Tuesday, December 4, 2012

To Write Issue Driven Books..or Not… by Margaret Daley

When I came up with the theme for Saving Hope, my first book in the Men of the Texas Rangers Series, I was determined to write about human trafficking (and child prostitution that comes from that problem). I got caught up in the research and issue of human trafficking. It ignited my passion to do something about it. I wanted to write a story that would highlight the issue and how extensive it was in the United States.

After writing Saving Hope, I had a loose framework for my second book in the series--Shattered Silence--about a serial killer targeting illegal aliens along the Texas border with Mexico. But something was missing for me in the story. I needed an added passion for the story. I needed an issue that I was passionate about. As a teacher I had always been concerned with bullying in the schools. I took it a step further in my book and showed it also in other situations--workplace and a marriage. Bullying became my theme as human trafficking had in the first book.

My third book--Scorned Justice--was about revenge and the lengths people went to for revenge. This isn't a social issue like my other books in the series, but it is a unifying theme to help me build my story upon. A lot of things are done for revenge and the subject intrigued me.

Severed Trust, my fourth book, came about when I heard of a friend who was addicted to prescription drugs. It started with a painful affliction that he couldn't control without heavy-duty pain medication. It helped with the pain, but it left him addicted to painkillers. As I've been digging deeper into the issue of prescription drug abuse, I'm shocked at how prevalent it is in the United States. One police officer that works at the state level said about half his cases are connected with prescription drug abuse. Teens are involved as well as adults. Certain prescription drugs can be as additive as illegal drugs like heroin or cocaine. My passion was sparked yet again.

When I can connect with that passionate side of me, I get excited about the story. That's why issue driven books can be so important to a writer. But a writer can be just as passionate about a character, a locale or a career. What's important for a writer is to tap into that passionate subject whether an issue or one of the other aspects of a story. That passion is conveyed to the reader, adding a spark to the story.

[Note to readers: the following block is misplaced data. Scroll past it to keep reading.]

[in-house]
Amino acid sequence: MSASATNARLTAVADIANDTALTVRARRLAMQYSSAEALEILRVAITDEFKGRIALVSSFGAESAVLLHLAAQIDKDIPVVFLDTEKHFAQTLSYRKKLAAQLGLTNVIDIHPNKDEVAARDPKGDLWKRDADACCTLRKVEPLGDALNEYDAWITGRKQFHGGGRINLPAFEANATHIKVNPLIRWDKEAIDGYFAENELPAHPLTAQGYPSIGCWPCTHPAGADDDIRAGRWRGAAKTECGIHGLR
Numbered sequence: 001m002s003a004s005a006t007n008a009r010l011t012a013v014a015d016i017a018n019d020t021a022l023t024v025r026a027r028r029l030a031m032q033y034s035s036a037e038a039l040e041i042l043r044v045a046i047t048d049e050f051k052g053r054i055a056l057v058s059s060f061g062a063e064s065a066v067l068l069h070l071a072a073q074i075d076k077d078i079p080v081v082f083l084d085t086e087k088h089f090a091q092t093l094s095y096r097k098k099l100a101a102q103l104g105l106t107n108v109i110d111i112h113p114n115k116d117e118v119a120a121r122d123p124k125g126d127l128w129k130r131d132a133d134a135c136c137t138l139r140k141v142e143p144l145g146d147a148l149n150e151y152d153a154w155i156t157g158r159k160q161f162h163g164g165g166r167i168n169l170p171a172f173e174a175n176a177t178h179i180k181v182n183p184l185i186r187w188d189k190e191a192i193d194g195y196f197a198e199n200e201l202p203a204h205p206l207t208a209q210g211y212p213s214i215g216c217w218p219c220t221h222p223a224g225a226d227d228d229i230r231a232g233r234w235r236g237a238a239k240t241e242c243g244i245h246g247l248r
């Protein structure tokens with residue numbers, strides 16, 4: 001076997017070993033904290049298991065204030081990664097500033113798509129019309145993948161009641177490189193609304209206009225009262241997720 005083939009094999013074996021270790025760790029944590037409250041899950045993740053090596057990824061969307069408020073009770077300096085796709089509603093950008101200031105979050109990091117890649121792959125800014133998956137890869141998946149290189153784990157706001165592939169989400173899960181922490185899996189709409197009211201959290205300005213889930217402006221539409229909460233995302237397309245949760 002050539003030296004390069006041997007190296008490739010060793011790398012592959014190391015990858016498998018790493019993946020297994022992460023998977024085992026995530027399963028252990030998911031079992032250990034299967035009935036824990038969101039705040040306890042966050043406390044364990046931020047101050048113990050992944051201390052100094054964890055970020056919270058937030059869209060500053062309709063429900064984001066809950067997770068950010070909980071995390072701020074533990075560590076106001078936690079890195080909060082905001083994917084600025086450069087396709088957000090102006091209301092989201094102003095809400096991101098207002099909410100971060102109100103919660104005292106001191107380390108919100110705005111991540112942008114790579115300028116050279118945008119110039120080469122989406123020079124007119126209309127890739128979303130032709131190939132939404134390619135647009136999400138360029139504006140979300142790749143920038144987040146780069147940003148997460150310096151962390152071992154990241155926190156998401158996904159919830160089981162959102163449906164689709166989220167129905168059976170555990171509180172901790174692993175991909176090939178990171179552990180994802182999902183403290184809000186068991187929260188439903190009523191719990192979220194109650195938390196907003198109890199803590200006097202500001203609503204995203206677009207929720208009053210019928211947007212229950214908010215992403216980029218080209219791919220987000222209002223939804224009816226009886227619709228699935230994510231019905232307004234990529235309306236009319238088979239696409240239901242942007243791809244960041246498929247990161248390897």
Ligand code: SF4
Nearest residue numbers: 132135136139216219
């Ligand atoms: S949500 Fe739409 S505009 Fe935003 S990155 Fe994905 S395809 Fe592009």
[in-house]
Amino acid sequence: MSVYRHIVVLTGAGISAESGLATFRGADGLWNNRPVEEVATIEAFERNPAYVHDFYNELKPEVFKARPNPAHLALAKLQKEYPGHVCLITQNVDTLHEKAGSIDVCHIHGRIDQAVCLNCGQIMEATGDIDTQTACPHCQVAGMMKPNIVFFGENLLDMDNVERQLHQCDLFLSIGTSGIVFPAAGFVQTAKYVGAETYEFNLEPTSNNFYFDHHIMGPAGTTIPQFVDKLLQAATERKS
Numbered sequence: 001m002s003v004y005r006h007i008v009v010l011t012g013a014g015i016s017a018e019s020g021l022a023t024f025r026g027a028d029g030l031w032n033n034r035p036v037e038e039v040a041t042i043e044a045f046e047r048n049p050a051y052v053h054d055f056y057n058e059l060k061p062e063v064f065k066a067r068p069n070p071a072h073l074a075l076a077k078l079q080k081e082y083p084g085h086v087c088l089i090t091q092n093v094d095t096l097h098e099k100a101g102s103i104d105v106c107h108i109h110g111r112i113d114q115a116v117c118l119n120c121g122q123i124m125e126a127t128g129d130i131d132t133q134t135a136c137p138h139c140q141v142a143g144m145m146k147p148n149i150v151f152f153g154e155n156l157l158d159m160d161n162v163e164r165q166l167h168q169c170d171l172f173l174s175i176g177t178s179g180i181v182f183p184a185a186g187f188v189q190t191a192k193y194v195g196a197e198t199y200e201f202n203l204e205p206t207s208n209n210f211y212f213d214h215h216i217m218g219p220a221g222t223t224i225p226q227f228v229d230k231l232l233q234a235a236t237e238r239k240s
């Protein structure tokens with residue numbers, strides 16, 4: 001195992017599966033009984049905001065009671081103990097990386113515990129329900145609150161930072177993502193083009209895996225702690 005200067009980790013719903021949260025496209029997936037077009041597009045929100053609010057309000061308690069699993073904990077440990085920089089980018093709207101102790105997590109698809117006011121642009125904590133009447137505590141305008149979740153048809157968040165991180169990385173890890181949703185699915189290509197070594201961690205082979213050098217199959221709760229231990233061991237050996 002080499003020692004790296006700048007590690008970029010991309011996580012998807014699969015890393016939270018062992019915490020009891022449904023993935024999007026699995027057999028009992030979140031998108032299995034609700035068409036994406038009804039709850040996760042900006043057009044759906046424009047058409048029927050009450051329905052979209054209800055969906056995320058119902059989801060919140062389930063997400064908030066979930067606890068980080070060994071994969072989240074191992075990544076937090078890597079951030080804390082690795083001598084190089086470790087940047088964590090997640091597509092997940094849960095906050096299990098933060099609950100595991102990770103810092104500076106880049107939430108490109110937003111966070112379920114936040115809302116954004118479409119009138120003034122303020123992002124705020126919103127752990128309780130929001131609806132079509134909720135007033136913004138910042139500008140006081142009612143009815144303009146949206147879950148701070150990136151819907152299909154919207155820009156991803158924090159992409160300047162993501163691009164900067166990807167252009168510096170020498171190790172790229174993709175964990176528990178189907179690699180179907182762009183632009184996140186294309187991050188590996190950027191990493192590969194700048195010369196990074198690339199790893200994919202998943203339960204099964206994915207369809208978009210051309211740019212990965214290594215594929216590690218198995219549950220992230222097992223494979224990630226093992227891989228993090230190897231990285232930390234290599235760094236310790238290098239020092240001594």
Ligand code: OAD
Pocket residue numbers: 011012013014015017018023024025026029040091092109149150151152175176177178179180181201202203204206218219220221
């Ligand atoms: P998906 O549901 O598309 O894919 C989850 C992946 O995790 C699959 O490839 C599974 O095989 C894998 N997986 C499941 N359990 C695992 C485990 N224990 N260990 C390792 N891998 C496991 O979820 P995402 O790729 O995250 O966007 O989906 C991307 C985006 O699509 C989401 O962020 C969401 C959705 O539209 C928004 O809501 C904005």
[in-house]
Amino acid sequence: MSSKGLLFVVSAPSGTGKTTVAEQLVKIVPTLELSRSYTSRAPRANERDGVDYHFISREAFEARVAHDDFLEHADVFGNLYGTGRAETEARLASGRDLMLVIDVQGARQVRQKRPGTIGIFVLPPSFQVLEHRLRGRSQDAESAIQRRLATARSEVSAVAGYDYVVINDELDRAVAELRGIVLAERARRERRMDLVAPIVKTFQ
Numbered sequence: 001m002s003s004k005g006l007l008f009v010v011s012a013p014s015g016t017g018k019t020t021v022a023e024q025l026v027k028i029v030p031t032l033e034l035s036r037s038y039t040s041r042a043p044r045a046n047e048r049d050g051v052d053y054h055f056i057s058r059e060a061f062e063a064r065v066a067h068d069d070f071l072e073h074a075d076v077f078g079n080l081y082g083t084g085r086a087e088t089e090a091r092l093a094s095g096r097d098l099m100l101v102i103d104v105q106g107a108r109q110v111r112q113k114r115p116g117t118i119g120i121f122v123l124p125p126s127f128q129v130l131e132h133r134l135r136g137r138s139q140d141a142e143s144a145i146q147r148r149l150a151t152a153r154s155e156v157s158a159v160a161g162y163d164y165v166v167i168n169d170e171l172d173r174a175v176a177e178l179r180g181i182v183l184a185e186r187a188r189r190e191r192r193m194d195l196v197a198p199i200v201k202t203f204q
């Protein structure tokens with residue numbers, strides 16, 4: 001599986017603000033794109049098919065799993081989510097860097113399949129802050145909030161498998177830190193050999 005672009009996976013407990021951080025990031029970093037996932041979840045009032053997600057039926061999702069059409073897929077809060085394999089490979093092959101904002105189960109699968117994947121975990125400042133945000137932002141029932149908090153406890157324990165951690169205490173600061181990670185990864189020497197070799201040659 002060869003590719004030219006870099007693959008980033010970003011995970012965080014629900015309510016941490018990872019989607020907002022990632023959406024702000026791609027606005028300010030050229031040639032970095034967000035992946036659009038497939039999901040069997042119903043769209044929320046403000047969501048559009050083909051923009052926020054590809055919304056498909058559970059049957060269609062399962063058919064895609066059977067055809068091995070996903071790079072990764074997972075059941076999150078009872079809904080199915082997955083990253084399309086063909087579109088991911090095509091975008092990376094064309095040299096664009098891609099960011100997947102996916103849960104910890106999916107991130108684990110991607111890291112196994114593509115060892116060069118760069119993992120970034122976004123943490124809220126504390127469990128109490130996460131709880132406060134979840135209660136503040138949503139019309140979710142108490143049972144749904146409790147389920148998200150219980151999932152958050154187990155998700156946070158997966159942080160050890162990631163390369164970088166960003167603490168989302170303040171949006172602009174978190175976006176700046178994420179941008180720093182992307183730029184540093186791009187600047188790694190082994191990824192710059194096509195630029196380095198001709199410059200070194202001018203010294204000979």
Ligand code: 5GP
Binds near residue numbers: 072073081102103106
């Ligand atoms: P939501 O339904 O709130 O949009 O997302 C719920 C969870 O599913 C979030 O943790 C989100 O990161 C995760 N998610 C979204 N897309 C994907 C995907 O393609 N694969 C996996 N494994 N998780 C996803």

Margaret Daley, an award-winning author of eighty-three books, has been married for over forty years and is a firm believer in romance and love. When she isn’t traveling, she’s writing love stories, often with a suspense thread and corralling her three cats that think they rule her household. To find out more about Margaret visit her website at http://www.margaretdaley.com.

Shattered Silence - released October 2012
A serial killer is targeting illegal aliens in southern Texas. Texas Ranger Cody Jackson is paired with a local police officer, Liliana Rodriguez, to investigate the murders. 

While the case brings Cody and Liliana ever closer, the tension between Americans and Mexican Americans heightens. As Cody and Liliana race to discover who is behind the murders and bring peace to the area, what they uncover isn’t what they expected. Will Cody and Liliana’s faith and love be strong enough to survive the storm of violence?

Christmas Stalking - released November 2012
Bodyguard Ellie St. James has one objective: protect her client…without letting her know. Pretending to be Rachel "Winnie" Winfield's assistant lets Ellie stay close, but there's an unexpected complication—Colt Winfield. Winnie's grandson wasn't in on the plans, and the suspicious marine biologist isn't easy to fool. When the truth comes out, so do more threats to Winnie's life. Trapped on a Colorado mountain, Ellie and Colt must trust each other to guard Winnie and find the stalker. Before this Christmas becomes their last.